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Supermoon in Kent: Here's when you can see worm moon in county

The first full supermooon of 2020 will illuminate the skies over Kent this evening.

The worm moon - so called because it coincides with the time of year earthworms surface after winter - will be visible from 5.47pm, weather-dependent.

The supermoon on August 10, 2014
The supermoon on August 10, 2014

Supermoons can appear 14% bigger and 30% brighter in the sky due to its proximity to earth but this one will be more like 7% and 15%.

It will rise in the east after sunset and set in the west just after 7am.

Last month saw the first partial 'snow' supermoon of the celestial calendar while April 8 will see the year's largest full supermoon, known as a pink moon.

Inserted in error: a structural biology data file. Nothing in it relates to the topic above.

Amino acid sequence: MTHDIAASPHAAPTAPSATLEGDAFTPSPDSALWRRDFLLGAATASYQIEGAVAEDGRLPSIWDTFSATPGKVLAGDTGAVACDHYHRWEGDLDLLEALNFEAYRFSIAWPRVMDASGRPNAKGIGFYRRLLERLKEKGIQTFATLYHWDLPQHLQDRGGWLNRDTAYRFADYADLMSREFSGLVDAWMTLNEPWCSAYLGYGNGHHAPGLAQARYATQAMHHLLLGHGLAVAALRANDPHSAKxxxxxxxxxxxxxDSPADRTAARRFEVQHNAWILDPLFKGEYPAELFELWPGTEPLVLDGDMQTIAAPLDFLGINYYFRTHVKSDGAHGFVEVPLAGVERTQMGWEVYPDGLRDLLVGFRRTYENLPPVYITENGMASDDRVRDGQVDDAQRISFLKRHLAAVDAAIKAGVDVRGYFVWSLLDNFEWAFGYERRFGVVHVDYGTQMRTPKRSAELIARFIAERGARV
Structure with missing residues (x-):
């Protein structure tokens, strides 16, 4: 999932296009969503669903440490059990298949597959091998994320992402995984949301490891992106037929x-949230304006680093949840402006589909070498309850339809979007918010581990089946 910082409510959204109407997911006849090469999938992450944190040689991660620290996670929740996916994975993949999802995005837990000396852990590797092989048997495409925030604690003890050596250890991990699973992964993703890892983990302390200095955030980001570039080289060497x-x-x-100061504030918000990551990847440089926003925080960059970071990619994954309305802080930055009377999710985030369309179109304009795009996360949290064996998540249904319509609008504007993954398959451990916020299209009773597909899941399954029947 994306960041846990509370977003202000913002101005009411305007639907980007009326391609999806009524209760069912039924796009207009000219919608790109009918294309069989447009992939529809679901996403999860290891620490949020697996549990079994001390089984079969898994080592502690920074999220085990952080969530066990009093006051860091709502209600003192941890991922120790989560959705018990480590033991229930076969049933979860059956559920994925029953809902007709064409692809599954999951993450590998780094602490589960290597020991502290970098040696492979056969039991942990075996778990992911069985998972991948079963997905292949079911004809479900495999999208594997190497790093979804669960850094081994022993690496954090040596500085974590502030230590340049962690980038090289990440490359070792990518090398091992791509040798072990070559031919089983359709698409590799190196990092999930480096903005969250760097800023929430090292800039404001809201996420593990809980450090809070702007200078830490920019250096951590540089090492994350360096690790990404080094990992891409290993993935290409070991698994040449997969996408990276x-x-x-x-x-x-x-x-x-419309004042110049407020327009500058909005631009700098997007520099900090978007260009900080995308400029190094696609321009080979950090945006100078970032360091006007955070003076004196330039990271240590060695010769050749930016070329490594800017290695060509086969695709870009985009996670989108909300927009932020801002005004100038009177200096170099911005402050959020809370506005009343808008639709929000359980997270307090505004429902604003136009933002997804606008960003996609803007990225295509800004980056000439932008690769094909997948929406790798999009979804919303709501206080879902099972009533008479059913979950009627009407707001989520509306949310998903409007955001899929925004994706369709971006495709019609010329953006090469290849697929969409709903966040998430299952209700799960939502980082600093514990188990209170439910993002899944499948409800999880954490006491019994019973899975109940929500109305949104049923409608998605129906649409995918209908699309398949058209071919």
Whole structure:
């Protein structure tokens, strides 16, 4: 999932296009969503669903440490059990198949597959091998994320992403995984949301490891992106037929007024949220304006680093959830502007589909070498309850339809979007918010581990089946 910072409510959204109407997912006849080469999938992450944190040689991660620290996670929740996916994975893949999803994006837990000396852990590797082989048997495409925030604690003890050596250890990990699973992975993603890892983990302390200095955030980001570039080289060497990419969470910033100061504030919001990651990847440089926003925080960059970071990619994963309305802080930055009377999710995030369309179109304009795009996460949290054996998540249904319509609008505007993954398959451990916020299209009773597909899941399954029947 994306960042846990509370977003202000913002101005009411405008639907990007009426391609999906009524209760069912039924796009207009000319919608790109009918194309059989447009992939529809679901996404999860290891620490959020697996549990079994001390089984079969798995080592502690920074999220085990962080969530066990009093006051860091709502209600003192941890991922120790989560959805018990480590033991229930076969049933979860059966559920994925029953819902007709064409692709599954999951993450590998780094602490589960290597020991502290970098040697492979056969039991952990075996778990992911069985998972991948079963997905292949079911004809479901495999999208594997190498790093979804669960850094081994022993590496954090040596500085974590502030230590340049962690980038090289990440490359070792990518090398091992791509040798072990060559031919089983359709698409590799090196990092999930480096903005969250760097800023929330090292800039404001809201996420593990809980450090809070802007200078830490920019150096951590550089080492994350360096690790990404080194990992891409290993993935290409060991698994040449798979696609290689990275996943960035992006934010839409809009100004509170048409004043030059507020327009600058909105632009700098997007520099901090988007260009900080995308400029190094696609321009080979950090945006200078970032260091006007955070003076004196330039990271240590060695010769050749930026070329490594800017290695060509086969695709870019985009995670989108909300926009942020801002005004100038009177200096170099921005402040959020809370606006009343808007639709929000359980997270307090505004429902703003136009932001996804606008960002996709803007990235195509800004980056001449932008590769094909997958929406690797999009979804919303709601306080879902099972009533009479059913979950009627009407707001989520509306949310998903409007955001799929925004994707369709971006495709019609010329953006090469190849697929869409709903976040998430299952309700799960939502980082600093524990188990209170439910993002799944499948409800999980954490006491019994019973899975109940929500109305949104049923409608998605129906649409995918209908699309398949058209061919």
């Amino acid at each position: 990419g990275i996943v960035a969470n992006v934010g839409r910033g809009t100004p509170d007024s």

May 7 will then see a flower moon light up the heavens.

Tonight's is the second biggest of the three taking place in 2020.

A supermoon is defined as one which passes within 90% of the heavenly body's closest approach to earth.

It is also known as a sap, crow, crust, sugar and lenten moon - with the names tracing their origins to Native American, Anglo-Saxon and Germanic traditions.

The cycle was historically used to track the seasons and therefore the names relate to nature.

Stargazers have been able to spot the extra-large orb since yesterday and will also be able to see it tomorrow, albeit a faded version.

The brightest supermoon of the 21st century will occur on December 6, 2052.

For all the forecasts, warnings and weather related news, click here.

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